Studying Tips and Advice for Finals Week
With finals week upon us, students are beginning to organize their study time and skills. To make the best out of finals week, here are a couple of studying tips and advice from HSU faculty dedicated to help students and give them ideas for better results.
Manage your time
Being organized with the time devoted to studying is a good way to start because it will allow students to manage how much time they will assign to different subjects. The use of calendars and agendas are an excellent tool to have and use. Another idea is to use a cell phone calendar and set alerts to be aware of the dates.
Take good notes
Dr. Laura Pogue, dean of general education studies, said that taking good notes is crucial for good understanding and studying.
“You should take notes so that when you look at them, you should ask yourself ‘if I was getting paid for taking notes in this class, would this be good enough?'” she said.
Tidiness is a must when it comes to notes. It is also important to have them in a complete form and organized in the same folder or notebook.
Understand the best way of studying
Every person has their own way of studying. Some prefer to highlight from the book; others write notes and use colors or create visuals like graphics. What is crucial is that students understand which is the most effective for them, and put it into practice. If students are not sure which works the best, they might want to define what kind of learner they are (visual, auditory, etc.)
Students should also consider study groups if that works for them. Pogue said these groups are interesting because they can let you see things from a different perspective. The group can be a good tool if the members take good notes, engage and commit to study, and discuss the subject matter of a class.
Be careful with cell phones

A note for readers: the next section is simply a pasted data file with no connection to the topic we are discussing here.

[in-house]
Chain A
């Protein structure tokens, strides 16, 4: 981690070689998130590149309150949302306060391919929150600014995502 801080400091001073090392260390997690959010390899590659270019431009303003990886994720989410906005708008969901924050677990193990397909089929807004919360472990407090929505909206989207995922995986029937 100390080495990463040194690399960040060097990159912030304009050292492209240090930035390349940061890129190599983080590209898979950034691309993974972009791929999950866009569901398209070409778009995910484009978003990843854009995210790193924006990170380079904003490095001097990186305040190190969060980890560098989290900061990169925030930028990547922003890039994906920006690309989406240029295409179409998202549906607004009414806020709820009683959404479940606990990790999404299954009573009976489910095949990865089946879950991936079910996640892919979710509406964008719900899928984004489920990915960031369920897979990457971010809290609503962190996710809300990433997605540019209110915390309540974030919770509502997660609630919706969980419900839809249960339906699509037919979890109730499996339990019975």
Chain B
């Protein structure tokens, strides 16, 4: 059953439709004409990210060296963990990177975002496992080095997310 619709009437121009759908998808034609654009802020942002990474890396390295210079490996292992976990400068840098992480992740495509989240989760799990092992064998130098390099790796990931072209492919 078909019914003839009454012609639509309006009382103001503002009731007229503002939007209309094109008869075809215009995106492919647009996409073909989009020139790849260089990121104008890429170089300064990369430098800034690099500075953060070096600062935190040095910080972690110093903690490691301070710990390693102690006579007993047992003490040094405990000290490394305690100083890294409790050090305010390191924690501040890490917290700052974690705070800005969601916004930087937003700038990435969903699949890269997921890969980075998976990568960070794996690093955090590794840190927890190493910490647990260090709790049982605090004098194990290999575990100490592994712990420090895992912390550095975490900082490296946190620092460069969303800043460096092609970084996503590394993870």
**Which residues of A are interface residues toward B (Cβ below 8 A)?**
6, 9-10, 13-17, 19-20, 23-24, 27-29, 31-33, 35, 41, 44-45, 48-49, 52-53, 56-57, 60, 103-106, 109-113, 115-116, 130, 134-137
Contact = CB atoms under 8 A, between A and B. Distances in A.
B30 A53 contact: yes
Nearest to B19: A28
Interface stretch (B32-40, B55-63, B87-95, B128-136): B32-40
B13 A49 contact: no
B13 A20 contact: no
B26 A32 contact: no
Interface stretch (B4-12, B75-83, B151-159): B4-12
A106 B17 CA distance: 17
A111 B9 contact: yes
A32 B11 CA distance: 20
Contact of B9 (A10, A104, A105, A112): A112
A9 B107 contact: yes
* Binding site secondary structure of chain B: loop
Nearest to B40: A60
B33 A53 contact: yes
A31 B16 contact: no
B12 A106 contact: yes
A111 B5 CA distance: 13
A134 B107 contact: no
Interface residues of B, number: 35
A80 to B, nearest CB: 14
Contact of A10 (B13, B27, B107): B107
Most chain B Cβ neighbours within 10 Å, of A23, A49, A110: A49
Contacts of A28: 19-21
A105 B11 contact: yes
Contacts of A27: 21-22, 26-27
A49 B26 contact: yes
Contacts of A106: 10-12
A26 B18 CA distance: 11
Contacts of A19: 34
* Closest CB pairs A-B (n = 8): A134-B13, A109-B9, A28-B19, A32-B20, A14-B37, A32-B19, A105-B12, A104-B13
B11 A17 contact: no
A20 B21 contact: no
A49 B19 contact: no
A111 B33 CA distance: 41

Cell phones can act as a distraction when it comes to studying. Pogue talked about research that showed that students who took the same test without having their cell phones did better than the ones who had them in their pockets or on the desk. A piece of advice is to try to unplug from every electronic device not necessary for studying and avoid hearing notification alerts because it may also distract from studying.
Move around and get enough sleep
Sometimes our brain will need a break from all the information. When this happens, students can try to do another recreational activity and come back to keep on studying. Pogue also talked about the need for sleep at this time.
“Students feel the need to stay up all night, and I do not think that is a good idea,” she said. “When you are reading the same thing over and over, your mind and body will say ‘I am done.’ Lay down, and even if it is just a nap, it is okay. Get up and move if that helps you; mix in layers of things.”
Students will not regret start studying early. A study by the University of San Diego established that one of the best, effective ways of studying is by “spaced practice.” For example, having different studying sessions per day or week will help students to anticipate and learn in a better way. This technique will require time management as well.
Learn for the long haul
Unless students need to remember dates or names, studying is not just memorizing. The goal of college is to learn information that will prepare them for the future. There is a difference between remembering and learning, so it should be essential to understanding the information given.
Keep an eye on the surroundings
Students should know to identify where and with whom they get the most out of their concentration. It has been said that moving around when it is hard to concentrate will help students to clear their minds and be more prone to retain information. It is also important to unplug from cell phones or other possible distractions like social media. Finally, it is essential to listen to the body. Getting enough sleep is crucial at this time of the year so that the brain can function at its best.